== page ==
don't actually like whizz kee, it is too strong, I can't take it.


Any way, Richard Taylor-Jones, our guest presenter, had one surprise


already, where he found a colony of grey seals where they didn't ought


to be, nobody knew they were there. But there were more surprises in


store. I'm on a mission to uncover the


life of seals on the Kent coast. I particularly want to find out where


a young seal pup, washed up outside my house, may have come from.


Scientists have no record of a breeding colony of seals along the


mainland here. But a brand new seal safari business, based in the port


of Dover, thinks there is one. I'm joining members of the public,


not to see grey seals, but to find our only other UK species.


We have got common seals, about six miles down the coast, that is where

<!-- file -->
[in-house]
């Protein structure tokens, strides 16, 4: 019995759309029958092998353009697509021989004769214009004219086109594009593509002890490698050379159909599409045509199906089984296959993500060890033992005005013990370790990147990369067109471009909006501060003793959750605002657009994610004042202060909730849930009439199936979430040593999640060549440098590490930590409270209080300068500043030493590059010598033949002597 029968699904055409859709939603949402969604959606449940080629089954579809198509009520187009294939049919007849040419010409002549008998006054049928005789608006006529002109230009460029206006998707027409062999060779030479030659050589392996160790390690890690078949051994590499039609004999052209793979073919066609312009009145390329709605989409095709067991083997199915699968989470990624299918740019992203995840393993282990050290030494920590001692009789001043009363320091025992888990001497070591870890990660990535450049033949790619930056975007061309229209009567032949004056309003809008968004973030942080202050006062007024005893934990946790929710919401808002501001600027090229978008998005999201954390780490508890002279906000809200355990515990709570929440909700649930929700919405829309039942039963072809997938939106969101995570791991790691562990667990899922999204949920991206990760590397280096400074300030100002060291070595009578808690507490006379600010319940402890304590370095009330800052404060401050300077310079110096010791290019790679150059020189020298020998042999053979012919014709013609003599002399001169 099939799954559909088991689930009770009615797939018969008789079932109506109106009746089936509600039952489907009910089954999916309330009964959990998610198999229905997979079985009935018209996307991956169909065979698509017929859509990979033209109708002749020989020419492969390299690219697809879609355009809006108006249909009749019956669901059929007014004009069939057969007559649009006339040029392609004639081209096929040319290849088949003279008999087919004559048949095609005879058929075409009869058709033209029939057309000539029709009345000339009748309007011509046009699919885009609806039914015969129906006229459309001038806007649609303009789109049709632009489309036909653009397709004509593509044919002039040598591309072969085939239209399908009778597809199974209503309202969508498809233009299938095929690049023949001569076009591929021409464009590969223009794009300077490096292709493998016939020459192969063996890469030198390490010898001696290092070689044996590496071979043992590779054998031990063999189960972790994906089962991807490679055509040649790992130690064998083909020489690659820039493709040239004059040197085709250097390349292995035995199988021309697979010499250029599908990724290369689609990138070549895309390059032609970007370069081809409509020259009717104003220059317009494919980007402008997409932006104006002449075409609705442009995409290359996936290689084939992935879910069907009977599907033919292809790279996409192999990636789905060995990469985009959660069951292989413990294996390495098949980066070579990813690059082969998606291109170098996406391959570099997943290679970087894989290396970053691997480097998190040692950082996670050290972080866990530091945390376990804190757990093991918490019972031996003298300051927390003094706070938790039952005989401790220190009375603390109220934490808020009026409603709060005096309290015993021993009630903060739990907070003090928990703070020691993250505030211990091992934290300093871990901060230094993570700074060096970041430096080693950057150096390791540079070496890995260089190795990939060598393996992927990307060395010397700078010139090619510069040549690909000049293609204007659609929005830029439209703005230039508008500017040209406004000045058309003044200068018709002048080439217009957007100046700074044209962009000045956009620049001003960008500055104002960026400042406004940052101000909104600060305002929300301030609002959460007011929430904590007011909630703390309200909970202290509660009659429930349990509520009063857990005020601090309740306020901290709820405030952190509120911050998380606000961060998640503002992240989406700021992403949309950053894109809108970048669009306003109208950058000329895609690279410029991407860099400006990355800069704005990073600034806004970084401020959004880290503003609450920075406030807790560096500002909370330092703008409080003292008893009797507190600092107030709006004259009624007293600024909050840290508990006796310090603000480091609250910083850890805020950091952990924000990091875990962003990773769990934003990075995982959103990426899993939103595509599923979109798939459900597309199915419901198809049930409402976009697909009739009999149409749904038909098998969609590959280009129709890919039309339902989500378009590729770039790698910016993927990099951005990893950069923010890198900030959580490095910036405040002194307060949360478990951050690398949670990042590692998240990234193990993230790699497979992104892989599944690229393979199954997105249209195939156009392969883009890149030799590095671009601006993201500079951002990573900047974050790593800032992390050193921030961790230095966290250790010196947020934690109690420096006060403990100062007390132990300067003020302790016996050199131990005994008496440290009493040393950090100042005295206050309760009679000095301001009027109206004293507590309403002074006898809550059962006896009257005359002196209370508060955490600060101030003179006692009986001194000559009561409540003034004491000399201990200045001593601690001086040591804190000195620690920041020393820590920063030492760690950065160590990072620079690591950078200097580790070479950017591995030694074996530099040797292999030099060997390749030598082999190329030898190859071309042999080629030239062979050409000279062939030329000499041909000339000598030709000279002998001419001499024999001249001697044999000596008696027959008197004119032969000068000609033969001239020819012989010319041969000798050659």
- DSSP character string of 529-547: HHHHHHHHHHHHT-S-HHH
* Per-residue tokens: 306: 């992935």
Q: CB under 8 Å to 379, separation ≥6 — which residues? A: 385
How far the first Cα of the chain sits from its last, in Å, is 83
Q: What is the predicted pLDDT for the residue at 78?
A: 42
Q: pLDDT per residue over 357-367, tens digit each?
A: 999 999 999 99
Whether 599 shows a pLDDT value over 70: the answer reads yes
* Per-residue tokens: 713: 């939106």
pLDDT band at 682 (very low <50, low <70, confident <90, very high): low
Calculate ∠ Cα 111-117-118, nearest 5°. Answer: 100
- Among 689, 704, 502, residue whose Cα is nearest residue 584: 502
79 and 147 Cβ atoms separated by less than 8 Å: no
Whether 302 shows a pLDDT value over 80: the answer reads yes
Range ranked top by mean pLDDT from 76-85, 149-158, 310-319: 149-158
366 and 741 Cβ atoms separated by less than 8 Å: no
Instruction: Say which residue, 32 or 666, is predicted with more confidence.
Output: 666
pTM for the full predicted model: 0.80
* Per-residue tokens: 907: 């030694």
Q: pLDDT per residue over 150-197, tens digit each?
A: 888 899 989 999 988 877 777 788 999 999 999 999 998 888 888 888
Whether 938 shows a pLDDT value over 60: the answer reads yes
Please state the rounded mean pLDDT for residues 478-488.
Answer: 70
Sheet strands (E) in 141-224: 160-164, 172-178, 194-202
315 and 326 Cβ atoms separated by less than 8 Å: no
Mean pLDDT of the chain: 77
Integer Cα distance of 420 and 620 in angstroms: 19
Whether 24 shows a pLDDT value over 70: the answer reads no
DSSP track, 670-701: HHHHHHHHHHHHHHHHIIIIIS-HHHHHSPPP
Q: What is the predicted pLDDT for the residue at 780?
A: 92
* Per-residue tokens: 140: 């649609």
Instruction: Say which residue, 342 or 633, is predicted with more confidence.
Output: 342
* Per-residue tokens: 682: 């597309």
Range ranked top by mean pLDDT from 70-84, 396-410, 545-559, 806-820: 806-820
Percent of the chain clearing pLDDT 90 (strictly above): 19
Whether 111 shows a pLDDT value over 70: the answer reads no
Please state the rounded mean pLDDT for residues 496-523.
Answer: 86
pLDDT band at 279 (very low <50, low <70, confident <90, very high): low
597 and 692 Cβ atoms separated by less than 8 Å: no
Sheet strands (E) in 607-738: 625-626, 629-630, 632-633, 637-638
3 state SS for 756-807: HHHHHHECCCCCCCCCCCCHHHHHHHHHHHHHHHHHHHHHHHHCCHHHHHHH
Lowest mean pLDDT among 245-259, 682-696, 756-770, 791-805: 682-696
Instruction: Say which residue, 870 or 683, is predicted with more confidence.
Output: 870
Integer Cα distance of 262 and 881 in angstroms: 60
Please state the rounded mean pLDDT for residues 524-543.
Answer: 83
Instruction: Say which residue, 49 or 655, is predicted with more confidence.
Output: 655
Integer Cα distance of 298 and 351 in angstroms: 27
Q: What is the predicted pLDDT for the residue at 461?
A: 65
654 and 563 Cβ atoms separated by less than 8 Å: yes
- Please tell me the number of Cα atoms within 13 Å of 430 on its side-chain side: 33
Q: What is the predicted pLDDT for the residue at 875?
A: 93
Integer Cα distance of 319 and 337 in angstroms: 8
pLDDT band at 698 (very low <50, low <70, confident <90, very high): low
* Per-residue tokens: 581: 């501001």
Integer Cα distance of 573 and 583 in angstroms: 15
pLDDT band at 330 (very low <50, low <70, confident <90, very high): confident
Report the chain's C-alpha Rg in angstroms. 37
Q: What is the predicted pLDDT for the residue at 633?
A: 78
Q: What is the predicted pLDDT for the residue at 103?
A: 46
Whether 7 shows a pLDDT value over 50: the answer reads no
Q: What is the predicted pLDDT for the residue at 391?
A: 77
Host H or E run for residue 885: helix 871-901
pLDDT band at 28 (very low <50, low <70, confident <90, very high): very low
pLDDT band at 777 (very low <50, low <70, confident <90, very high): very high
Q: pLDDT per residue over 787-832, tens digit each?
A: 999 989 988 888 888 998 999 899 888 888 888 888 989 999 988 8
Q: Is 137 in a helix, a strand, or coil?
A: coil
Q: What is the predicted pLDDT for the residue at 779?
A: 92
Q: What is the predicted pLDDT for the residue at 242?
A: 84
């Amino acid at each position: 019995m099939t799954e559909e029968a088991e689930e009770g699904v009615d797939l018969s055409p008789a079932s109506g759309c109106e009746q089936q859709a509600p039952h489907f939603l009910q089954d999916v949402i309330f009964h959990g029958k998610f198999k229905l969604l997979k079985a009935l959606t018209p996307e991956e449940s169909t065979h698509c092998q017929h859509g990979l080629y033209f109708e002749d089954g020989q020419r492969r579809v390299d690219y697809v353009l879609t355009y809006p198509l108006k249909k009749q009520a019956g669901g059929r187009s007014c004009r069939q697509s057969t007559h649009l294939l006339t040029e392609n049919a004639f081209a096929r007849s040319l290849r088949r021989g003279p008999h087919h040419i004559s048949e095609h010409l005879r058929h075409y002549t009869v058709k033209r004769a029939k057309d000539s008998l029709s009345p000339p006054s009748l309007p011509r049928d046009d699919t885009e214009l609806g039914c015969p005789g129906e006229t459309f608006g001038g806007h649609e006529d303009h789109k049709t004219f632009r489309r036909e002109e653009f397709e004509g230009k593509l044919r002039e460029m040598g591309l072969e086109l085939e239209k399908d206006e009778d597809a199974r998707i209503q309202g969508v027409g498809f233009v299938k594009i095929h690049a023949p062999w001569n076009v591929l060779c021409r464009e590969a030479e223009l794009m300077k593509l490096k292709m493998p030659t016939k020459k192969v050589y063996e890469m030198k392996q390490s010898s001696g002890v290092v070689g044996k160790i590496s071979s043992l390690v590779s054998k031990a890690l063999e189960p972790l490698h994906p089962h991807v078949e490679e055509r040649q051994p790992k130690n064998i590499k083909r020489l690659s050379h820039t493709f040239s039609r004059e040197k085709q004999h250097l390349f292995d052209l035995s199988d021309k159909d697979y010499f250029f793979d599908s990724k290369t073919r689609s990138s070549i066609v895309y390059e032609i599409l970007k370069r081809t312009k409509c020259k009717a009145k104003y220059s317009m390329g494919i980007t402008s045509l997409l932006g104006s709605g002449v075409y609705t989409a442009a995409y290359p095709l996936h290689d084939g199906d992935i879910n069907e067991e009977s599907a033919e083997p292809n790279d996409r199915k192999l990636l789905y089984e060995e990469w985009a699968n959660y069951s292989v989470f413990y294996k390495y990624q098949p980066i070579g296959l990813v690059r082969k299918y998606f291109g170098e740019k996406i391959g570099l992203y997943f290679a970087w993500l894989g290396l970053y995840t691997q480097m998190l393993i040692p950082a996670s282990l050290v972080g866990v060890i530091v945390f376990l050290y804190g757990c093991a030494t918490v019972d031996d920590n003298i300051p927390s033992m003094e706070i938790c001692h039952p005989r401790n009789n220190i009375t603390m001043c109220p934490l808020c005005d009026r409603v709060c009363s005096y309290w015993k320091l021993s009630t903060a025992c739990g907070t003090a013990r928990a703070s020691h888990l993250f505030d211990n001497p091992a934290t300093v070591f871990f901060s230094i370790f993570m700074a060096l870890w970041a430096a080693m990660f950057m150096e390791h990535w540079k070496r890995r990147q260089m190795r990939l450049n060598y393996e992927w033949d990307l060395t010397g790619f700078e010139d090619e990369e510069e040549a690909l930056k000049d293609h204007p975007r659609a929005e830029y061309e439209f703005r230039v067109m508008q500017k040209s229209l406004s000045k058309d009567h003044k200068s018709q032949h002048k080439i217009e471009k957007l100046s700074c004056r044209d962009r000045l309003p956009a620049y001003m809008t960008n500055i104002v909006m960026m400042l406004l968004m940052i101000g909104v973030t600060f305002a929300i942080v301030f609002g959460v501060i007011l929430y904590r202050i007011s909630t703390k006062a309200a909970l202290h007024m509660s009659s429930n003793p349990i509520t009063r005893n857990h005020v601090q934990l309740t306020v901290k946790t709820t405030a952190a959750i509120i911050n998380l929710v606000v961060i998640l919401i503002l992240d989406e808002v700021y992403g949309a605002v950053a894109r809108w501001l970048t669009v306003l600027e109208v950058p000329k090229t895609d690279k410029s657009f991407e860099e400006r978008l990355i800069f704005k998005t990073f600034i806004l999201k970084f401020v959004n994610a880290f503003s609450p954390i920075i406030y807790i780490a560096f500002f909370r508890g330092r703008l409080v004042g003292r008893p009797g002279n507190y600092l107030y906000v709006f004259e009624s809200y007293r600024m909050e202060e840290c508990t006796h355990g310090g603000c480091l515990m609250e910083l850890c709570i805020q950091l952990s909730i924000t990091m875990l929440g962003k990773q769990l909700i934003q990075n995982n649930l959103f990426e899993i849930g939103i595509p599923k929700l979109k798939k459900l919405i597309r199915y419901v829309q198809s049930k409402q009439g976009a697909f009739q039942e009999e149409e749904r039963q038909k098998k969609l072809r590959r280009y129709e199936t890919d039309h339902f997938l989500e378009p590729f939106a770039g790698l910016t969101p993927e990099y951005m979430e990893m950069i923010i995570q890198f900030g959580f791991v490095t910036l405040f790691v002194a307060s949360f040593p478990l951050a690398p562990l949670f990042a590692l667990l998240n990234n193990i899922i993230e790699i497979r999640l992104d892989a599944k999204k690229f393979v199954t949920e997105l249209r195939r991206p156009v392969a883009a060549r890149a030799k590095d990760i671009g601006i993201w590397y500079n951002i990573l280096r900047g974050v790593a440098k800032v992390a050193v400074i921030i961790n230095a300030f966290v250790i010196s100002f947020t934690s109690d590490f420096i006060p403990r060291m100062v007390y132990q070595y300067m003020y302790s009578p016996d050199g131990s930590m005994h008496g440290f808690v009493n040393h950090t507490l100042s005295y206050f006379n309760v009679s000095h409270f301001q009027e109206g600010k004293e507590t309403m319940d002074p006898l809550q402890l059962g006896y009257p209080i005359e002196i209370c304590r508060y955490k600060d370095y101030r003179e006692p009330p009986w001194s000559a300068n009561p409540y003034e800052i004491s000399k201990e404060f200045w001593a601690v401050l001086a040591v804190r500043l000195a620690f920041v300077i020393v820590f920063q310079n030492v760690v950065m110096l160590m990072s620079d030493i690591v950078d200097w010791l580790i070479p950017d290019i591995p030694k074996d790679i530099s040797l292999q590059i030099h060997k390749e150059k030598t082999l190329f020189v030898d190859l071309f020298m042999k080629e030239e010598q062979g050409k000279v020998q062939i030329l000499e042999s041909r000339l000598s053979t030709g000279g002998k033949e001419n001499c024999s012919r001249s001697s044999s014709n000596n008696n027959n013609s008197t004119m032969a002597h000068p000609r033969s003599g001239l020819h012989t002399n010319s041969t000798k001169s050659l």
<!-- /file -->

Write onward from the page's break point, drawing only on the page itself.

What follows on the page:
we are headed today. I know the bay we are being taken


to very well, I used to spend hours building sandcastles on the beach


here years ago. To find common seals here is just astonishing.


With the boat keeping its distance, they are clearly relaxed in our


presence. What an incredible sight. Just underneath the power station


towers here, fantastic, look at this. I'm not the only one


impressed. I didn't really think we'd see any. To come round that


corner and just see them was really amazing. We have lived round here


in Kent all our lives. We didn't know. To see something like this is


quite amazing. I have been speaking to researchers up in Scotland, who


are trying to co-ordinate all the data on seals around Britain. They


had no idea that this colony existed. Really. None at all.


best kept secret. Skipper, James Salmon, thinks the


reason skiens haven't noticed the colony is simple, he's sure it


hasn't been there that long. I have been seeing them seven or eight


years, I remember coming originally there were only three or four down


here, gradually the numbers have increased, this year we saw 84 back


in August time. 4 of them. I have never seen that amount here before.